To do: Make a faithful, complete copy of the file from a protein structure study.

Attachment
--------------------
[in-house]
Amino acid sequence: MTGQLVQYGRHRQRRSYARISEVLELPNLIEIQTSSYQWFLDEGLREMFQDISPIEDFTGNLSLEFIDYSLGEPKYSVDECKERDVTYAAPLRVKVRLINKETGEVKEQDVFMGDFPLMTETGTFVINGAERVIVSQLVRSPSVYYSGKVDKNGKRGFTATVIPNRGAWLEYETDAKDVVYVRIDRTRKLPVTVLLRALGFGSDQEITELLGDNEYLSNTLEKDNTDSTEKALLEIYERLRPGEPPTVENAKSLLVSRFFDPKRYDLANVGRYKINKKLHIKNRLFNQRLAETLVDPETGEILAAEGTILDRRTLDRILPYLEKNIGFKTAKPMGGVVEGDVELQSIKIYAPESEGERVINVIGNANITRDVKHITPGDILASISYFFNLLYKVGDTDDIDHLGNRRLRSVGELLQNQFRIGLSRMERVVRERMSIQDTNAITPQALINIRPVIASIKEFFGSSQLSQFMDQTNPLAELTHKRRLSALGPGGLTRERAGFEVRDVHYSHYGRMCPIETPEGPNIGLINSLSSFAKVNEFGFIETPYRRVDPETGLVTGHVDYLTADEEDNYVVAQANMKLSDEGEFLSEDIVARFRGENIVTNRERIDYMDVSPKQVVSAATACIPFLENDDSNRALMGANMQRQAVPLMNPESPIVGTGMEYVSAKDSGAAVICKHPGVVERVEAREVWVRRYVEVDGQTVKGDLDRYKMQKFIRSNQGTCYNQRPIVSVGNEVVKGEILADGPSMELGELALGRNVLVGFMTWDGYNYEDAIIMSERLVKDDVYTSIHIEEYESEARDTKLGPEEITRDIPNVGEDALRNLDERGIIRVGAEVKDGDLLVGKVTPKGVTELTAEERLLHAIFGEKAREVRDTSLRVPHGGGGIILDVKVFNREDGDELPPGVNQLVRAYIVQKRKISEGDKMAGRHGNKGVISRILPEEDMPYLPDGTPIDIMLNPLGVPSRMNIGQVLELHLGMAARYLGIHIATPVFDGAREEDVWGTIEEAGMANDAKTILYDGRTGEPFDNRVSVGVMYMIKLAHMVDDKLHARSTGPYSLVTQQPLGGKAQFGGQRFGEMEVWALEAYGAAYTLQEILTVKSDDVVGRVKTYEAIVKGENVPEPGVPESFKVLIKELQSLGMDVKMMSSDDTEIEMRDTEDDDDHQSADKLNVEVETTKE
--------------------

[in-house]
Amino acid sequence: MTGQLVQYGRHRQRRSYARISEVLELPNLIEIQTSSYQWFLDEGLREMFQDISPIEDFTGNLSLEFIDYSLGEPKYSVDECKERDVTYAAPLRVKVRLINKETGEVKEQDVFMGDFPLMTETGTFVINGAERVIVSQLVRSPSVYYSGKVDKNGKRGFTATVIPNRGAWLEYETDAKDVVYVRIDRTRKLPVTVLLRALGFGSDQEITELLGDNEYLSNTLEKDNTDSTEKALLEIYERLRPGEPPTVENAKSLLVSRFFDPKRYDLANVGRYKINKKLHIKNRLFNQRLAETLVDPETGEILAAEGTILDRRTLDRILPYLEKNIGFKTAKPMGGVVEGDVELQSIKIYAPESEGERVINVIGNANITRDVKHITPGDILASISYFFNLLYKVGDTDDIDHLGNRRLRSVGELLQNQFRIGLSRMERVVRERMSIQDTNAITPQALINIRPVIASIKEFFGSSQLSQFMDQTNPLAELTHKRRLSALGPGGLTRERAGFEVRDVHYSHYGRMCPIETPEGPNIGLINSLSSFAKVNEFGFIETPYRRVDPETGLVTGHVDYLTADEEDNYVVAQANMKLSDEGEFLSEDIVARFRGENIVTNRERIDYMDVSPKQVVSAATACIPFLENDDSNRALMGANMQRQAVPLMNPESPIVGTGMEYVSAKDSGAAVICKHPGVVERVEAREVWVRRYVEVDGQTVKGDLDRYKMQKFIRSNQGTCYNQRPIVSVGNEVVKGEILADGPSMELGELALGRNVLVGFMTWDGYNYEDAIIMSERLVKDDVYTSIHIEEYESEARDTKLGPEEITRDIPNVGEDALRNLDERGIIRVGAEVKDGDLLVGKVTPKGVTELTAEERLLHAIFGEKAREVRDTSLRVPHGGGGIILDVKVFNREDGDELPPGVNQLVRAYIVQKRKISEGDKMAGRHGNKGVISRILPEEDMPYLPDGTPIDIMLNPLGVPSRMNIGQVLELHLGMAARYLGIHIATPVFDGAREEDVWGTIEEAGMANDAKTILYDGRTGEPFDNRVSVGVMYMIKLAHMVDDKLHARSTGPYSLVTQQPLGGKAQFGGQRFGEMEVWALEAYGAAYTLQEILTVKSDDVVGRVKTYEAIVKGENVPEPGVPESFKVLIKELQSLGMDVKMMSSDDTEIEMRDTEDDDDHQSADKLNVEVETTKE